CHAPTER 9 - The Senior Fairy

General Huskvarna looked seriously startled, but only for a moment. He pulled himself together and considered his options rapidly.
“Yes,” he said. “I accept.”
General Herdalen threw down his knife at General Huskvarna’s feet.
“Give the little ones to Clover, then.”
He did this by lifting his foot from Clover’s wing and walking away. Primrose and Val were at her side in an instant, and together they carried Aesculus and Viola to safety on the ledge.
General Huskvarna sauntered towards General Herdalen, then stopped and raised his hands to his head, imitating mouse ears.
“Eeek, eeek!” he taunted him.
General Herdalen didn’t move a muscle.
“You really surrender?”
I surrender. Doesn’t mean the army has to. And you haven’t won yet, have you?” He sent a grin towards the ledge, and raised his voice. “Whatever unit you’re in, just get these clowns off this Hill, will you?”
General Huskvarna looked as if he couldn’t believe his ears. No troops were close enough to intervene. All he had to do was knife Herdalen, and the war would be won, let alone the battle. But as he raised his knife, it fell from his hand, as a sharp, well-aimed stone hit him on the back of the head from the direction of the ledge.

Rose Moseley, Search and Rescue, champion flyer and crack shot, clenched a fist of triumph. Ace pulled his hat off, and he and Will jumped off the ledge and into battle. At the same time, Norway 1 surged forward and gathered to General Herdalen. His injured opponent was still on the ground, and now surrounded, and Special Brigade weren’t having that. Abandoning their positions, they charged for the centre to rescue him, and some of them managed to drag him away, while the rest fought off anyone around, hand to hand. But in the melee, their pattern was lost. Their change of focus allowed Colonel Pentreath precious moments to strengthen his lines, and as they began to push in their turn, the momentum was truly reversed. It wasn’t fast and it wasn’t easy, but finally Special Brigade were being pushed tighter together, and further and further down the hill.
They weren’t doing any better in the air. If seeing General Huskvarna go down had demoralised Special Squadron, then General Herdalen’s courage had had the opposite effect on Fighter Squadron. Always hard-working and fierce, today they were ruthless and relentless, forcing so many of the enemy fairies to land that Colonel Pentreath had to pull a few of England 1 back to deal with prisoners.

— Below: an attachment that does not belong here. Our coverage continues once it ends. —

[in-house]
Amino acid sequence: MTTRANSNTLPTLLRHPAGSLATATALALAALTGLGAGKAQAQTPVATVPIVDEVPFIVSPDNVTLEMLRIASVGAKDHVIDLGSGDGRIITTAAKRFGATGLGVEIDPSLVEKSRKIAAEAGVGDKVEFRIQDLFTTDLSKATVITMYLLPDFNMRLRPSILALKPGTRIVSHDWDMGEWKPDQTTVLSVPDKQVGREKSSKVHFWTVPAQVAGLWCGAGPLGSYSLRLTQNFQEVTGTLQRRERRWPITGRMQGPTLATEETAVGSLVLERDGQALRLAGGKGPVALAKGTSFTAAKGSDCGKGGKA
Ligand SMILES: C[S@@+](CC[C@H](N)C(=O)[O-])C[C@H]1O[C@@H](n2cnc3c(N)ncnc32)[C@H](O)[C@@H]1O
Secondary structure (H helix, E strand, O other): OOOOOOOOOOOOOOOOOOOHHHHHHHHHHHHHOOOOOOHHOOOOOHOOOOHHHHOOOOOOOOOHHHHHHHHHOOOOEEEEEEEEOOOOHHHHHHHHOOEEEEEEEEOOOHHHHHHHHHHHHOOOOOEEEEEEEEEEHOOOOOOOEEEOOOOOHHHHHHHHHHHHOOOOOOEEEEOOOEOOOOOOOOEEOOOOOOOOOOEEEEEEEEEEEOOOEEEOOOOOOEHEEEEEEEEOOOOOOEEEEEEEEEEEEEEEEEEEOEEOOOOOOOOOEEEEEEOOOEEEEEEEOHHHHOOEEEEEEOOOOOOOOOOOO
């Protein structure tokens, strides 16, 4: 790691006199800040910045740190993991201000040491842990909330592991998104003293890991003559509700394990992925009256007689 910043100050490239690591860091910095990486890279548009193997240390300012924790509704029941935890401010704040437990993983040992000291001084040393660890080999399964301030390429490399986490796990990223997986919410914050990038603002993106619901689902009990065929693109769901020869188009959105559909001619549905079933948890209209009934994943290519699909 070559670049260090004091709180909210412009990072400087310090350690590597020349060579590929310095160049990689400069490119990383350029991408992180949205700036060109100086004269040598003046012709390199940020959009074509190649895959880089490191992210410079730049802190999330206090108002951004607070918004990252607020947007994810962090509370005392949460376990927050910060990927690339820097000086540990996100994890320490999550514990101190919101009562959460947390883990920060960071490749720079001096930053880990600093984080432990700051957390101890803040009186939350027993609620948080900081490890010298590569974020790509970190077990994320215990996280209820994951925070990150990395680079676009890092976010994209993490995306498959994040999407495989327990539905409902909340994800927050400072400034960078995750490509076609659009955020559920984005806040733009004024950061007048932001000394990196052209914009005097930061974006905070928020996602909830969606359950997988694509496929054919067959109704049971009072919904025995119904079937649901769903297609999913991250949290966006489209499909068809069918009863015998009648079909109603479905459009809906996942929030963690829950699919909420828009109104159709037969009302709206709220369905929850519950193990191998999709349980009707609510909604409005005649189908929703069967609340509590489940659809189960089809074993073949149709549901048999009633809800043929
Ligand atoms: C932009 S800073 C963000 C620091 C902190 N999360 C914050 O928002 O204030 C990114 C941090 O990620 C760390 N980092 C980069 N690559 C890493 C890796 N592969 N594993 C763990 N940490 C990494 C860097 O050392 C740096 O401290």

Gran Herdalen was intensely aware of all this as he fought alongside Norway 1. He could have assumed command in a second if necessary, but there was no need. Colonel Pentreath was doing fine, and Gran wasn’t going to interfere.
Then a great cheer went up behind him, and he took a second to look round. All the sprites still on the ledge were jumping up and down and clapping their hands. Then he saw – General Huskvarna on his feet, holding the back of his head, and ordering a retreat, before things got too out of hand. He’d be able to claim that they hadn’t beaten him, but they had, really. For today at least, they had the victory. Gran smiled with relief, then permitted himself a few moments to feast his eyes on the splendid sight of Huskvarna running away.
First, he checked on Norway 1, that none of them were missing or badly injured. There were a few nasty cuts, but nothing they couldn’t handle between themselves.
“You were terrific,” Gran told them. “You came a long way, and you might feel you didn’t do very much, but you did. Just the sight of you frightened them! And your weight, with the English line, just tipped the balance. Go and find the canteen, and settle down for a nice long rest, no-one’s earned it more than you have.”
Next, he had to find Colonel Pentreath, but that wasn’t difficult, as the colonel was looking for him. Gran clapped him on the back.
“Well done,” he said, “great victory. I’m glad I arrived in time to see it.”
“Thank you, sir. I must confess, I did feel that went better than at Bat’s Castle, though I’m very confused about what’s going on with those young sprites.”
“They are why I came,” Gran explained. “Their safety was of paramount importance to me. I’m afraid your friend the envoy has been using you for a trick. But don’t worry about it, all’s well now, and I’ll tell you the whole story later. You’ve done extremely well here. Just one thing – so have England 1. For once, go and tell them so.”